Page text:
The United Nation's humanitarian office says over the past six weeks violence in South Sudan has left more than half a million people displaced, including over 100,000 who have fled to neighboring countries.

A Thursday statement said U.N. humanitarian chief Valerie Amos is set to begin a three-day trip to South Sudan on Monday. The U.N. said she will meet with government representatives and humanitarian groups in an effort to draw attention to the "humanitarian consequences" of the country's unrest.

Featured Videos

Your JavaScript is turned off or you have an old version of Adobe's Flash Player. Get the latest Flash player.
Turkey's Main Opposition Party Hopes for Election Breakthroughi
X
May 22, 2015 10:23 AM
Turkey’s main opposition Republican People’s Party has sought an image change ahead of the June 7 general election. The move comes after suffering successive defeats at the hands of the Islamist-rooted AK Party, which has portrayed it as hostile to religion. Dorian Jones reports from the western city of Izmir.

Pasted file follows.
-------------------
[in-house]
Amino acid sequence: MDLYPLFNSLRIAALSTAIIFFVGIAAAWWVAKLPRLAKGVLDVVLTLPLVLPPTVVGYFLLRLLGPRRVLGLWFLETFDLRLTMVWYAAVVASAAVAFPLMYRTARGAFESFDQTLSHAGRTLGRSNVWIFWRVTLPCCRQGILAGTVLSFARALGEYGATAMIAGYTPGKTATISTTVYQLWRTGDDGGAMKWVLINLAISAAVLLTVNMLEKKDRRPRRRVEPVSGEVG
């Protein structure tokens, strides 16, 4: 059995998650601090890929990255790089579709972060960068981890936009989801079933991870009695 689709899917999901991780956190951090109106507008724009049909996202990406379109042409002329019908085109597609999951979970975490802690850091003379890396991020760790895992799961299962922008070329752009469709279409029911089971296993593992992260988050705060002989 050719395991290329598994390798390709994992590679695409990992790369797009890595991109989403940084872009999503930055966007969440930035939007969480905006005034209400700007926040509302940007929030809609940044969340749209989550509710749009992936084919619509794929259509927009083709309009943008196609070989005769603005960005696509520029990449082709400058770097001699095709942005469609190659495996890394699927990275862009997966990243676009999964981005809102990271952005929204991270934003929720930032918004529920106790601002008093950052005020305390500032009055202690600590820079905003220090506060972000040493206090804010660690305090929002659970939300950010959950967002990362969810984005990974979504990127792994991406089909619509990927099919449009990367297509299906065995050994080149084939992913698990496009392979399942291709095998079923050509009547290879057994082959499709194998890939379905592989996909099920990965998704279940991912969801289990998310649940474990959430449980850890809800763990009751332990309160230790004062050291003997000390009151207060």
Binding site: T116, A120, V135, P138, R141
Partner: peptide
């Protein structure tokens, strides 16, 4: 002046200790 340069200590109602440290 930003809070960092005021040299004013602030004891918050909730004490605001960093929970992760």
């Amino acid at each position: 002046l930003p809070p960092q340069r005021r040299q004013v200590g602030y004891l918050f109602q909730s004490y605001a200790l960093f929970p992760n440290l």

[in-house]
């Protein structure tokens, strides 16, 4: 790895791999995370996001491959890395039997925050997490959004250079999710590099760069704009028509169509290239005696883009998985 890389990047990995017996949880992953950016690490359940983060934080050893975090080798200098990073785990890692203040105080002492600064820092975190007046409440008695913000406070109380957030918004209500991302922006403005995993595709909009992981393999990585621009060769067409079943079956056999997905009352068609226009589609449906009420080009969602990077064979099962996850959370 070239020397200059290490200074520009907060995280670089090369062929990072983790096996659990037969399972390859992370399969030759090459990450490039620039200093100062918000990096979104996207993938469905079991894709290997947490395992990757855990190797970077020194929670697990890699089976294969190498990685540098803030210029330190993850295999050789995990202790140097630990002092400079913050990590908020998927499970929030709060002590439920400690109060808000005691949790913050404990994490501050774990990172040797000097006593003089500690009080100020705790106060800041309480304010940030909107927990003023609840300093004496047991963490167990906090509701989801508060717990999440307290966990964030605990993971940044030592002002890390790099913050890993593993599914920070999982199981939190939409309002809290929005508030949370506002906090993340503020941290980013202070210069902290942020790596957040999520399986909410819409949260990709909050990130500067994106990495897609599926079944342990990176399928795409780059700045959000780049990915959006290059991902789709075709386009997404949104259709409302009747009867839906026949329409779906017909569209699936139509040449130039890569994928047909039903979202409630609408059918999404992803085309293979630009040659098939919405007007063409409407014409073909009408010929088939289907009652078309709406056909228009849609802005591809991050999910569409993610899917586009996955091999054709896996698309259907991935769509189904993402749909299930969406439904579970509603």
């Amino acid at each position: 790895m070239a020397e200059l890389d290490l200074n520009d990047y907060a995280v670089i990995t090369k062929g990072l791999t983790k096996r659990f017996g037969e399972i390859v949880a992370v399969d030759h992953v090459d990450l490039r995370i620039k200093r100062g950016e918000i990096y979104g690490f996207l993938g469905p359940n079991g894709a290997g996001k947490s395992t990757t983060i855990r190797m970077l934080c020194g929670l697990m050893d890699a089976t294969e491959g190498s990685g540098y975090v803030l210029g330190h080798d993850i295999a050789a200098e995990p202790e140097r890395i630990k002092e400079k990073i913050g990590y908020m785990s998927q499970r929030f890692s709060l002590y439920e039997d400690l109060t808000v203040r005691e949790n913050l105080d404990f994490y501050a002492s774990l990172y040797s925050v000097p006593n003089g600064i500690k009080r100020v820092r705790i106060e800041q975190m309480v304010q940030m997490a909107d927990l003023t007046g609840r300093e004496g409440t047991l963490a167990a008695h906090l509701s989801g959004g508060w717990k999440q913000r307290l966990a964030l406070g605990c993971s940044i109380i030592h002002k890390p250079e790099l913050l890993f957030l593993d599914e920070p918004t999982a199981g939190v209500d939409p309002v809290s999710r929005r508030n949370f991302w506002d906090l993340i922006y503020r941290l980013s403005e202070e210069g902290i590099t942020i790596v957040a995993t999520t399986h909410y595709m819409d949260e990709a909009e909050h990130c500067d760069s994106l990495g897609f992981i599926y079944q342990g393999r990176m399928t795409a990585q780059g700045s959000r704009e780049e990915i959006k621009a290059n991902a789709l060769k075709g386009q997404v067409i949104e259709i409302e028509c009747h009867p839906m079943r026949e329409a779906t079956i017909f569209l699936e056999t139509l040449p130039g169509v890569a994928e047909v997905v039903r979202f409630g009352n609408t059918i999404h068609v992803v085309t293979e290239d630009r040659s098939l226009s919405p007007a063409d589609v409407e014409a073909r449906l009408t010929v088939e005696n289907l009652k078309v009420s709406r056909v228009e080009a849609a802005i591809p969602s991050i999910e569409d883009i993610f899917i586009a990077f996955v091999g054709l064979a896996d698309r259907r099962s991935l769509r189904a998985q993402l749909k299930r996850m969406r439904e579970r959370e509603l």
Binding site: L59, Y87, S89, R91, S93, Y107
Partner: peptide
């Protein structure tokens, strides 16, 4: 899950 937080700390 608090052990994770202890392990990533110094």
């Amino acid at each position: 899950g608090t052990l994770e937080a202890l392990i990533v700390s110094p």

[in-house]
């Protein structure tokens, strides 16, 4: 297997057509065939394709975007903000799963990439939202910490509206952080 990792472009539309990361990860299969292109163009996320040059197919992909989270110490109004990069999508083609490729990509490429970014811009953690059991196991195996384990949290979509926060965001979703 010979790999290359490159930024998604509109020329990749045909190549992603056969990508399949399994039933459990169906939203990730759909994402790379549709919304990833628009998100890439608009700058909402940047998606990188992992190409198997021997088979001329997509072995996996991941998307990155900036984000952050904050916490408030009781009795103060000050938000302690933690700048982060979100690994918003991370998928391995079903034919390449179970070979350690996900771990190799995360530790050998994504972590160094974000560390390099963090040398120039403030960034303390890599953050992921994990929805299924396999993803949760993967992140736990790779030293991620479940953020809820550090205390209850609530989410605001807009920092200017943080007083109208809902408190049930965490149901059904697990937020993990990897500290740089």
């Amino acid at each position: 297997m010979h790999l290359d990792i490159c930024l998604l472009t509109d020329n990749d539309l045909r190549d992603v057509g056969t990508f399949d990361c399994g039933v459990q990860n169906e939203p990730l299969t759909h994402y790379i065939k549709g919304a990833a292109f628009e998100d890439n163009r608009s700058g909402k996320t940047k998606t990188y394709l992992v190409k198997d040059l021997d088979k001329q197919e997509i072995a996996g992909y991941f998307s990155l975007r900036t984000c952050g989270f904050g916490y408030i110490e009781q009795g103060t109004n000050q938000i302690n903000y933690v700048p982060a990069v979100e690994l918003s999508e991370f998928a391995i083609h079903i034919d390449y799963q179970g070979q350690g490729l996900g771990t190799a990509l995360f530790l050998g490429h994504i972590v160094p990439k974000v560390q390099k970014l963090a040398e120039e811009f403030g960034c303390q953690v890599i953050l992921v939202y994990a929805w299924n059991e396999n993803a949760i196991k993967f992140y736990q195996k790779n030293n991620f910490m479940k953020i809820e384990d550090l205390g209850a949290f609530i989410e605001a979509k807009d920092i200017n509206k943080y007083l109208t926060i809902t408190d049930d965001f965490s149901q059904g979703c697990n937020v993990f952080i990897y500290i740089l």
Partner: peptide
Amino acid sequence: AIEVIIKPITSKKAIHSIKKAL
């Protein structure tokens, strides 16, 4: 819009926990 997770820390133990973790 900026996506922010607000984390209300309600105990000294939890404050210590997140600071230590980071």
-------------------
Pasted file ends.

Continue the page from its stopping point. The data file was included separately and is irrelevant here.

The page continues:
Video

Video Turkey's Main Opposition Party Hopes for Election Breakthrough

Turkey’s main opposition Republican People’s Party has sought an image change ahead of the June 7 general election. The move comes after suffering successive defeats at the hands of the Islamist-rooted AK Party, which has portrayed it as hostile to religion. Dorian Jones reports from the western city of Izmir.
Video

Video Europe Follows US Lead in Tackling ‘Conflict Minerals’

Metals mined from conflict zones in places like the Democratic Republic of Congo are often sold by warlords to buy weapons. This week European lawmakers voted to force manufacturers to prove that their supply chains are not inadvertently fueling conflicts and human rights abuses. Henry Ridgwell reports from London.
Video

Video Class Tackles Questions of Race, Discrimination

Unrest in some U.S. cities is more than just a trending news item at Ladue Middle School in St. Louis, Missouri. As VOA’s Kane Farabaugh reports, it’s a focus of a multicultural studies class engaging students in wide-ranging discussions about racial tensions and police aggression.
Video

Video Mind-Controlled Prosthetics Are Getting Closer

Scientists and engineers are making substantial advances towards the ultimate goal in prosthetics – creation of limbs that can be controlled by the wearer’s mind. Thanks to sophisticated sensors capable of picking up the brain’s signals, an amputee in Iceland is literally bringing us one step closer to that goal. VOA’s George Putic reports.